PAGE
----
Khost province in Taliban’s grip


As seen through a night-vision device, Coalition forces and Afghan commandos cordon and search a compound during Operation Raven for an improvised explosive device cell operating in the area east of Khost City, Afghanistan, Aug. 31, 2009. US Army photo by Specialist Matthew Freire.

The Wall Street Journal has a good article on the situation in Afghanistan’s Khost province. This tracks with much of what I’ve heard about the deteriorating security situation in Khost.

On the Haqqani Network’s relationship with Mullah Omar.

An American military official who recently served in eastern Afghanistan said the U.S. had intercepted communications suggesting the Haqqani leadership was closely coordinating its activities in Khost with Mullah Omar, the Taliban’s leader, who is believed to be in Pakistan. “It’s a division of labor, with each group focusing on a different part of Afghanistan,” the official said.

The official said some U.S. intelligence officers suspect that the Haqqani leadership had offered to conquer Khost in exchange for a promise from Mullah Omar that the family would be allowed to rule large swaths of eastern Afghanistan if the armed group eventually retook control of the country.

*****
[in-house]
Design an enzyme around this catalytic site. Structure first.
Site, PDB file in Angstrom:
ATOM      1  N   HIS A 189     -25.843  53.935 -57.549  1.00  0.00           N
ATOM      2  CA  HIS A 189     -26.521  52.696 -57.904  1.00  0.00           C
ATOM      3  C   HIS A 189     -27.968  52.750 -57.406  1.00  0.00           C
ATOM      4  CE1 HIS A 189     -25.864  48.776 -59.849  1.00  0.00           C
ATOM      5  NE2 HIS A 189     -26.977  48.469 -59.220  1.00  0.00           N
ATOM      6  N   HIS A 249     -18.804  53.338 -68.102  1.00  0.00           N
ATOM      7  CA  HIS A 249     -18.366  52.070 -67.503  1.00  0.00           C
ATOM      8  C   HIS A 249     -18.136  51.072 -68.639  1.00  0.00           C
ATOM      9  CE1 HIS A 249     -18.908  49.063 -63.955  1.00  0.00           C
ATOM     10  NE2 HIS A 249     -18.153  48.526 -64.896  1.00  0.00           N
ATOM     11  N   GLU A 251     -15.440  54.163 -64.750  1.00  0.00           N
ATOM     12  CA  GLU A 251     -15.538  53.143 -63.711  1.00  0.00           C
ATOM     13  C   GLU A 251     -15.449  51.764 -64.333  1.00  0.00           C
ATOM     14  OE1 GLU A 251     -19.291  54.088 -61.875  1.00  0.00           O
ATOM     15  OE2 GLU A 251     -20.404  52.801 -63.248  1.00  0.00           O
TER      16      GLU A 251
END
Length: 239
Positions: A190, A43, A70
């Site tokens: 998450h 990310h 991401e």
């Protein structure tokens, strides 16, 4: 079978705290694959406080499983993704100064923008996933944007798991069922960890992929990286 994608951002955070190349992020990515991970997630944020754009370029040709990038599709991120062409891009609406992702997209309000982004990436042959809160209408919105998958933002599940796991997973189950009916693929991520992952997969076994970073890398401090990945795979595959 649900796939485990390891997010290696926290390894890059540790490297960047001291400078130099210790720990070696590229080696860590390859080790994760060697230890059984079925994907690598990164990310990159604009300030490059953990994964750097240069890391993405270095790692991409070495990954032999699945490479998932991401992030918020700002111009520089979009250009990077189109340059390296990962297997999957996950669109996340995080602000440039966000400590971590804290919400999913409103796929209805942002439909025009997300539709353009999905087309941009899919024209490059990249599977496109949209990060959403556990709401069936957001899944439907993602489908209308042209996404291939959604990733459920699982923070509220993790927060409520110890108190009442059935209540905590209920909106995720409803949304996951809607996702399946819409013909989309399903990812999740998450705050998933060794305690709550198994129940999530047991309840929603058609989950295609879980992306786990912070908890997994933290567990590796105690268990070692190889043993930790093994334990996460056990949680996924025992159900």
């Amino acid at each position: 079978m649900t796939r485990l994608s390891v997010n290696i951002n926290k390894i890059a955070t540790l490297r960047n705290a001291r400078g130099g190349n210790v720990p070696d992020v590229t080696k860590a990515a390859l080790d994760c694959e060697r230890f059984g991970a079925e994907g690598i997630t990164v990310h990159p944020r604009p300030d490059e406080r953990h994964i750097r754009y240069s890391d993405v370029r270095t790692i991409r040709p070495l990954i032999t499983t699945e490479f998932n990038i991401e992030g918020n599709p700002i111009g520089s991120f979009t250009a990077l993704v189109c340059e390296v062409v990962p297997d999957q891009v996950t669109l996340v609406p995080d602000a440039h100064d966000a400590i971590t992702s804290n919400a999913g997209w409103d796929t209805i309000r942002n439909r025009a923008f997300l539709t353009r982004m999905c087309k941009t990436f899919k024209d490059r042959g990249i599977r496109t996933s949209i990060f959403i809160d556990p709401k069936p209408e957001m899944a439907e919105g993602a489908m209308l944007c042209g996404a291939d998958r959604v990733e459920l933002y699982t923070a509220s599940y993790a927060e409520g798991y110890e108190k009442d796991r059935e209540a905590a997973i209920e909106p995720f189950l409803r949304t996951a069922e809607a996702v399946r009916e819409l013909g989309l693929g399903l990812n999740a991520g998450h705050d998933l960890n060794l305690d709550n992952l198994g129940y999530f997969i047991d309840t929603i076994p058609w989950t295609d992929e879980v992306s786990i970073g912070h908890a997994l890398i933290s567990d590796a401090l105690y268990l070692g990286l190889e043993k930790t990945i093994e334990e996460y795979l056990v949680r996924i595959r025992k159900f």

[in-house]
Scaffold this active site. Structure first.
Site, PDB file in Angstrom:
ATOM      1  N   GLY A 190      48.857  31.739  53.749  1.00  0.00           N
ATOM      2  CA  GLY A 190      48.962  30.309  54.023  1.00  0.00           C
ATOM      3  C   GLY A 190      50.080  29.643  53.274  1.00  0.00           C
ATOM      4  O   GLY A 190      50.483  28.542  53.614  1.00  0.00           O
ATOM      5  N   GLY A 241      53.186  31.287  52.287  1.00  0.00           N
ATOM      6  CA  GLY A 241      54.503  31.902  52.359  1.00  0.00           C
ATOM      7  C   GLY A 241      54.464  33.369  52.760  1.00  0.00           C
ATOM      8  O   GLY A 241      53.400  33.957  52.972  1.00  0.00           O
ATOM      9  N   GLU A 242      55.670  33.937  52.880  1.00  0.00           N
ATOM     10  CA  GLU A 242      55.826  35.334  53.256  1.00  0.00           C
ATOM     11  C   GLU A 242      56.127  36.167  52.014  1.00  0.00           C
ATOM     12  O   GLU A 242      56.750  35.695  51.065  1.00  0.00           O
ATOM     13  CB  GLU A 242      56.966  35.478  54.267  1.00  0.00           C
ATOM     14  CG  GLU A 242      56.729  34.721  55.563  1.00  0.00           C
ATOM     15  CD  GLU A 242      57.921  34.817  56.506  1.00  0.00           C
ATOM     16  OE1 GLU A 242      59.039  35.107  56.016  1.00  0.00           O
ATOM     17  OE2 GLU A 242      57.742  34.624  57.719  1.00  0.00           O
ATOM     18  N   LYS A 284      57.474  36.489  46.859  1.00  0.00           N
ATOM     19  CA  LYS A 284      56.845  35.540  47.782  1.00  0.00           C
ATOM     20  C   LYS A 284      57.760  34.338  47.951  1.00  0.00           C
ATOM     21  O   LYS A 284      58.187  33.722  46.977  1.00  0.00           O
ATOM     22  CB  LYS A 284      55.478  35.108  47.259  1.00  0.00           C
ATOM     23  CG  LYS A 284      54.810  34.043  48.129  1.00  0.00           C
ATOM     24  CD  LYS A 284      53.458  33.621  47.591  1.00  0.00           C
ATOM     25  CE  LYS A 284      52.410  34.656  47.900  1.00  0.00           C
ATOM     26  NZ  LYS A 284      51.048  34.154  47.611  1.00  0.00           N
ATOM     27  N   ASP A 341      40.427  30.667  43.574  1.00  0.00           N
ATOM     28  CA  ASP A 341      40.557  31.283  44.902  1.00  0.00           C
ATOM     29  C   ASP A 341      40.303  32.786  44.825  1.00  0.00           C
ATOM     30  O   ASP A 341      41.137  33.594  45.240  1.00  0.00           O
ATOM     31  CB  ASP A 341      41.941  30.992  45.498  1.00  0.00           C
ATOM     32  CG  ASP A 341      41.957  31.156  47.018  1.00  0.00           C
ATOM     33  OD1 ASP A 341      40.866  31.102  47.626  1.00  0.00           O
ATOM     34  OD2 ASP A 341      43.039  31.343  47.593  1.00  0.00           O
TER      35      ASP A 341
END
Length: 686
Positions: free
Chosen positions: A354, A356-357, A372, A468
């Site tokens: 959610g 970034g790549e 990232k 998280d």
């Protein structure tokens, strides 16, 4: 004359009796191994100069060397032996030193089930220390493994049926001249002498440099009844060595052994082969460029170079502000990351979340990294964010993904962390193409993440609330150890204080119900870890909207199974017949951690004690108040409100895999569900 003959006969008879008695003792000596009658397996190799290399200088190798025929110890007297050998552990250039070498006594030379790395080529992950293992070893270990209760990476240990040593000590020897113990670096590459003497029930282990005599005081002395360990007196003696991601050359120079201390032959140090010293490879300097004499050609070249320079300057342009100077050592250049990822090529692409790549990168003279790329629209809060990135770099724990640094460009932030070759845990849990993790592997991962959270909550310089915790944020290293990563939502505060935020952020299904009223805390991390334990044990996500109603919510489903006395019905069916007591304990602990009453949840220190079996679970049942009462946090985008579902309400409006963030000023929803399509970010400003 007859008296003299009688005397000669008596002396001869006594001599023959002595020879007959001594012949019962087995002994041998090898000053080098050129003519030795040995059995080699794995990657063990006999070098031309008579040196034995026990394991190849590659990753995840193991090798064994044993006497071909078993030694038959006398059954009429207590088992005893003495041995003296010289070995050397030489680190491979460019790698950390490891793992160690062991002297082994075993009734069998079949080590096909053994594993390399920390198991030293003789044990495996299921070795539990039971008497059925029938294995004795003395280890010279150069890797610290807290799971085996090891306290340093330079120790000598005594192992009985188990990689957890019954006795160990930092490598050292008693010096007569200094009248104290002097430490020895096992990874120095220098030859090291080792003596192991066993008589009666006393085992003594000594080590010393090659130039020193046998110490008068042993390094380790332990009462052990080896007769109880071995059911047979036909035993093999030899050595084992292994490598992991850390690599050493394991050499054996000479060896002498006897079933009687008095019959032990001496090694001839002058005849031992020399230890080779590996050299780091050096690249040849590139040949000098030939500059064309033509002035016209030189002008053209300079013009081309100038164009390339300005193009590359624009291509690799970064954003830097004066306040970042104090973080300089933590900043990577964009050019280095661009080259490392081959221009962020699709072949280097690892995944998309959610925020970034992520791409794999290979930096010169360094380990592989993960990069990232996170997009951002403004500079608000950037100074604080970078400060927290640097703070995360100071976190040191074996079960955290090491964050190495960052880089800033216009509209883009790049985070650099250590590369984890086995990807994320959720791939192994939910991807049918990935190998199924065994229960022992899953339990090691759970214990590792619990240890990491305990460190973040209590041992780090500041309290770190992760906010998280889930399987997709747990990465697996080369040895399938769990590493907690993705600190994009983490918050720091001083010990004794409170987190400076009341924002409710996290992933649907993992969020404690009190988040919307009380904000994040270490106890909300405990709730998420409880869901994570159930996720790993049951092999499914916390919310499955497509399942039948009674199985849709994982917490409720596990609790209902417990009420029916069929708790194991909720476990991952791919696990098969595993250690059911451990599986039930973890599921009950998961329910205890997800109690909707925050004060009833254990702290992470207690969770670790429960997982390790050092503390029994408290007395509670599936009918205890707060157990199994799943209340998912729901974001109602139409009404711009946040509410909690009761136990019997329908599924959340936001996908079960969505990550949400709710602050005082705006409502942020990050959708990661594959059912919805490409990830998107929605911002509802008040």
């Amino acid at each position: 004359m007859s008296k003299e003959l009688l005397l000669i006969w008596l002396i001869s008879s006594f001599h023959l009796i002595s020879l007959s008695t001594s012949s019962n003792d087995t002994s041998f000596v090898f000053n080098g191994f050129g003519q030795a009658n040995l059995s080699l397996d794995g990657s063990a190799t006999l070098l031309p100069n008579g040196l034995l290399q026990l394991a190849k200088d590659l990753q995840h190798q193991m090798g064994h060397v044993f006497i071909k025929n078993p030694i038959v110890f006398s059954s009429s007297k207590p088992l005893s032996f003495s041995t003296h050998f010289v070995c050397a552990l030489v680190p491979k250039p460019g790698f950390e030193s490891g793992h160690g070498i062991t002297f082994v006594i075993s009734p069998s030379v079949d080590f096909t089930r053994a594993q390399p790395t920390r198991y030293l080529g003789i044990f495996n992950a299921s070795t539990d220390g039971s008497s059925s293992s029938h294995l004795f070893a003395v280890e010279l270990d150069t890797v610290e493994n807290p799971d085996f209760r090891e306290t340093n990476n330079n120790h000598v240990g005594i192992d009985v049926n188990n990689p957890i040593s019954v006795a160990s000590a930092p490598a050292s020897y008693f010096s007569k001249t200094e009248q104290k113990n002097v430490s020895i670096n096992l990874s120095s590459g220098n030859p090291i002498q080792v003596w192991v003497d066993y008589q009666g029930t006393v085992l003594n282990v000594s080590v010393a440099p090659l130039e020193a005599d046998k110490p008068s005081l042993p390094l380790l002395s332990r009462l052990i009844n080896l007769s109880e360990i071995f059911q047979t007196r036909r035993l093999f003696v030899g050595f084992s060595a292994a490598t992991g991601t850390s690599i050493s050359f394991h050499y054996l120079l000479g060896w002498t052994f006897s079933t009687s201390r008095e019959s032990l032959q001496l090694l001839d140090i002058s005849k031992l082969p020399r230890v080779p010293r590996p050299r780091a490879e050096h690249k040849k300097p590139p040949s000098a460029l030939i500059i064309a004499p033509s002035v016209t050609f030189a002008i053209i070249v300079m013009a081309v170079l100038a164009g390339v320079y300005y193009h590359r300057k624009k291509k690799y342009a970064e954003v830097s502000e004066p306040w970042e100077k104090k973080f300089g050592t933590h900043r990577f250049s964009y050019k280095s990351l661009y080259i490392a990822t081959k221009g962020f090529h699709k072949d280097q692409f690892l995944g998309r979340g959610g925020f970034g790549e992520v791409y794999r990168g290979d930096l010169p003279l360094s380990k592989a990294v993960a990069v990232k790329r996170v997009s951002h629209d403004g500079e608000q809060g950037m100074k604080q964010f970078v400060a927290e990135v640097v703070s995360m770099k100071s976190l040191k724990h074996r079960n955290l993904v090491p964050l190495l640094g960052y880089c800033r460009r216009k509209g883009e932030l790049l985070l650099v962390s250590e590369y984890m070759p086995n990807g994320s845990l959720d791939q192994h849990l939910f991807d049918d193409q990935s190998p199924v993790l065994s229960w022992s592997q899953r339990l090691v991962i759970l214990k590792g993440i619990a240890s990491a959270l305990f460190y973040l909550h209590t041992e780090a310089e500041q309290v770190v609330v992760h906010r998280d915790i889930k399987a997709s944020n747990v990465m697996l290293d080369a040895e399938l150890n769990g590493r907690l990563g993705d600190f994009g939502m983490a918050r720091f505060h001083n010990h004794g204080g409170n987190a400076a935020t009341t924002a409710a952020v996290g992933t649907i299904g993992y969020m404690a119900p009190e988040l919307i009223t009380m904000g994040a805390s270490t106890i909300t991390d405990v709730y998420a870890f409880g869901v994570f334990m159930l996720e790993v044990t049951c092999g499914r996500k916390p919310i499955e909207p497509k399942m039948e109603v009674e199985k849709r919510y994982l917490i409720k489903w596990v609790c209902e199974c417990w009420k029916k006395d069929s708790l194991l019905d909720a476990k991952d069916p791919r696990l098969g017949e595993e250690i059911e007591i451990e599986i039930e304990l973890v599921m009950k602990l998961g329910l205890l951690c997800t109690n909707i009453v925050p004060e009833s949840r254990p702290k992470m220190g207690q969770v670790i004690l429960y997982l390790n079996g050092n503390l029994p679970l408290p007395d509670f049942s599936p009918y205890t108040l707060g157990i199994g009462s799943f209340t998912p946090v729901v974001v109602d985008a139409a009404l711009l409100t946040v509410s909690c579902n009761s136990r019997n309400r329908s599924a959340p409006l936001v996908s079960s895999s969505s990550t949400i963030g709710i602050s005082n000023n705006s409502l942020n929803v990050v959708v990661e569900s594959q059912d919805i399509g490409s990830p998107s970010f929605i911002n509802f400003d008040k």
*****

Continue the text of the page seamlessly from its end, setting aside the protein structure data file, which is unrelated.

On the Haqqani Network control in Khost: Both Matt Dupee and I have noted that Khost is central to the Haqqani Network’s power base and that Sabari district is a Haqqani Network stronghold (in fact Matt first reported that the Haqqani Network’s command center is based in Sabari).

Afghan officials said insurgents now control many of the districts surrounding Khost city and use them as launching pads for attacks targeting the city and for campaigns designed to intimidate the local population there.

The district of Sabari, north of the city, has long been an insurgent stronghold, and another neighboring district called Musa Khel has recently fallen to insurgents, according to Afghan government officials.

Likewise, government control of three other nearby districts is limited to the district capitals, while the surrounding areas are in the hands of the insurgents.

“No Afghan security forces or government employees can travel in these areas,” said Hanif Shah Hosseini, a parliamentarian from Khost. “The insurgents have a shadow government in all of these areas.”

And finally, this is what happens when the US’s commitment to the cause wavers. A similar situation occurred in Iraq in 2006, but the US quickly turned it around by showing a commitment and executing the ‘surge.’ This is one of the major reasons why the US’s delaying on making a decision on the path forward is dangerous. And it also provides a cautionary tale of what will happen if the US switches to a counterterrorism-focused mission, which would cede much of the ground to the Taliban.

“At the beginning everyone supported the Americans,” said Mr. Hosseini, the parliamentarian. “But now a lot of locals don’t believe in a U.S. or government victory anymore. They expect the Americans to leave, so they are casting their support to the Taliban.”

Bill Roggio is a Senior Fellow at the Foundation for Defense of Democracies and the Editor of FDD's Long War Journal.

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